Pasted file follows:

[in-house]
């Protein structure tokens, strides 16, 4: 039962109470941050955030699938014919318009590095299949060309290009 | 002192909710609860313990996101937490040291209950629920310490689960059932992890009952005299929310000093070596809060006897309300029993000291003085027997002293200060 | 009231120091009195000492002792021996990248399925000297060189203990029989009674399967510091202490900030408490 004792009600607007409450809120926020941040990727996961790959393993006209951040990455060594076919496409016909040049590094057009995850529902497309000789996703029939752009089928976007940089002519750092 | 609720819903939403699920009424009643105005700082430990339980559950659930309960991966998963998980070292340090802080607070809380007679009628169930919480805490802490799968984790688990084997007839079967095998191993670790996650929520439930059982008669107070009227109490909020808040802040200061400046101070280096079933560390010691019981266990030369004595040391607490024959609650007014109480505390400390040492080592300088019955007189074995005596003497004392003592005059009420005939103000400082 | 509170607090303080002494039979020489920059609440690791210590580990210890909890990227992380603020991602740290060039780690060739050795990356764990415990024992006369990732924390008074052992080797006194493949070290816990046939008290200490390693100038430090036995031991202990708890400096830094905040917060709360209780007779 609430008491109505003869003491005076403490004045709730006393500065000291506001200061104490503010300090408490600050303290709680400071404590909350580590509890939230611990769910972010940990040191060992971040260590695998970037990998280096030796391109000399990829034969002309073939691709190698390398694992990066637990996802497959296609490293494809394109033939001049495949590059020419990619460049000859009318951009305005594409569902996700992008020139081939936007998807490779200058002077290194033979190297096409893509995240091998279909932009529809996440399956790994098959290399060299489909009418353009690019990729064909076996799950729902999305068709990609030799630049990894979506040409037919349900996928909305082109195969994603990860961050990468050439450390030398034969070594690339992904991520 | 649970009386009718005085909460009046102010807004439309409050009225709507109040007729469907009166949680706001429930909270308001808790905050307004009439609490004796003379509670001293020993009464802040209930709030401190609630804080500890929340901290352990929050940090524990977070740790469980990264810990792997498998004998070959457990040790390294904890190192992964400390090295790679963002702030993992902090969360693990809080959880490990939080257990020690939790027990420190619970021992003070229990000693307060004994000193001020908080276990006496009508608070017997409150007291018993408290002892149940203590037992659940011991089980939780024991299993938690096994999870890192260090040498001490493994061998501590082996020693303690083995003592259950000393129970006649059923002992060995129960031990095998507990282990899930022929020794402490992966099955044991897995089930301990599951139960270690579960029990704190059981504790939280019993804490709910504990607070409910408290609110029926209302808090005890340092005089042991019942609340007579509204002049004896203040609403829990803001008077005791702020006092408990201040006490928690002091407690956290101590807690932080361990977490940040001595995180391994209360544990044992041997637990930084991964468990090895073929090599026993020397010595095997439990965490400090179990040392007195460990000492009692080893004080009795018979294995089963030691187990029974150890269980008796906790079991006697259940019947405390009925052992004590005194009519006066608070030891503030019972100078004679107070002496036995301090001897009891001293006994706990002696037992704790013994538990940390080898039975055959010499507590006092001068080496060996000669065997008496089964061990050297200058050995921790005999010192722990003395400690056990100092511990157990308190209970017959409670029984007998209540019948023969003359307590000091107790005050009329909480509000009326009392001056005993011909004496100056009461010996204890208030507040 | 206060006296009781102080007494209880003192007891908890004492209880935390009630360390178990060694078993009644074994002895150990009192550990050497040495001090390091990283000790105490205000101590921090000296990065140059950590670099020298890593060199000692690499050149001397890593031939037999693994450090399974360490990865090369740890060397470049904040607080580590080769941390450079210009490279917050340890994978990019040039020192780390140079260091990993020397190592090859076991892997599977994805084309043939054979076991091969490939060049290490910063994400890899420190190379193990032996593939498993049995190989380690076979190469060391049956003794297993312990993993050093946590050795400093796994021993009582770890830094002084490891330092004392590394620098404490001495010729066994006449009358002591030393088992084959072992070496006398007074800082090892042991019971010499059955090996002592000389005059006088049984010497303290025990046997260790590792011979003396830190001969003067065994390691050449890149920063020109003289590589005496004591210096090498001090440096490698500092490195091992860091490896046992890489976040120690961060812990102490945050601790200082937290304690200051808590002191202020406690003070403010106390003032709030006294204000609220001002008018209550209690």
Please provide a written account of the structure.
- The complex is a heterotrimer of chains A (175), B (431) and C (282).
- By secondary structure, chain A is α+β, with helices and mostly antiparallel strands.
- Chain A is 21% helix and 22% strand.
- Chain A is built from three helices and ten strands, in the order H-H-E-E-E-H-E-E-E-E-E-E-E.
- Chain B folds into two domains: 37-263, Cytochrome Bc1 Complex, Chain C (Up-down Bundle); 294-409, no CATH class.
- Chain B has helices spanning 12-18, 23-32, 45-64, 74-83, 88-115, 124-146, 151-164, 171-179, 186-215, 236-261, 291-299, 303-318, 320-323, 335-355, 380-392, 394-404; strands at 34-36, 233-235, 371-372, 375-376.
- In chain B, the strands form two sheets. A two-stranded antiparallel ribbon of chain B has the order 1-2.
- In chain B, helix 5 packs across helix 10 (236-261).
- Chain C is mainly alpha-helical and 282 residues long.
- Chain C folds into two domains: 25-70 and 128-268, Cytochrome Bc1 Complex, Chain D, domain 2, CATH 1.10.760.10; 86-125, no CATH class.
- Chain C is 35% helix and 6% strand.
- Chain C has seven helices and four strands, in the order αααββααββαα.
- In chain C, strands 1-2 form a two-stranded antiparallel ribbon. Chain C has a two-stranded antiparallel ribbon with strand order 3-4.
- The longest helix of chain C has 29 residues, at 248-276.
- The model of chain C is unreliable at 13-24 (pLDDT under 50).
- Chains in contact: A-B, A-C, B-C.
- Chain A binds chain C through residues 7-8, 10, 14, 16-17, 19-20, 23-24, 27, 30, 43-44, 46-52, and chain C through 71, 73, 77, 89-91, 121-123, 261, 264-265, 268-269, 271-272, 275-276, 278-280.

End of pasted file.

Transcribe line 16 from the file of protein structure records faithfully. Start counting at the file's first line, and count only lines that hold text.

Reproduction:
- In chain C, strands 1-2 form a two-stranded antiparallel ribbon. Chain C has a two-stranded antiparallel ribbon with strand order 3-4.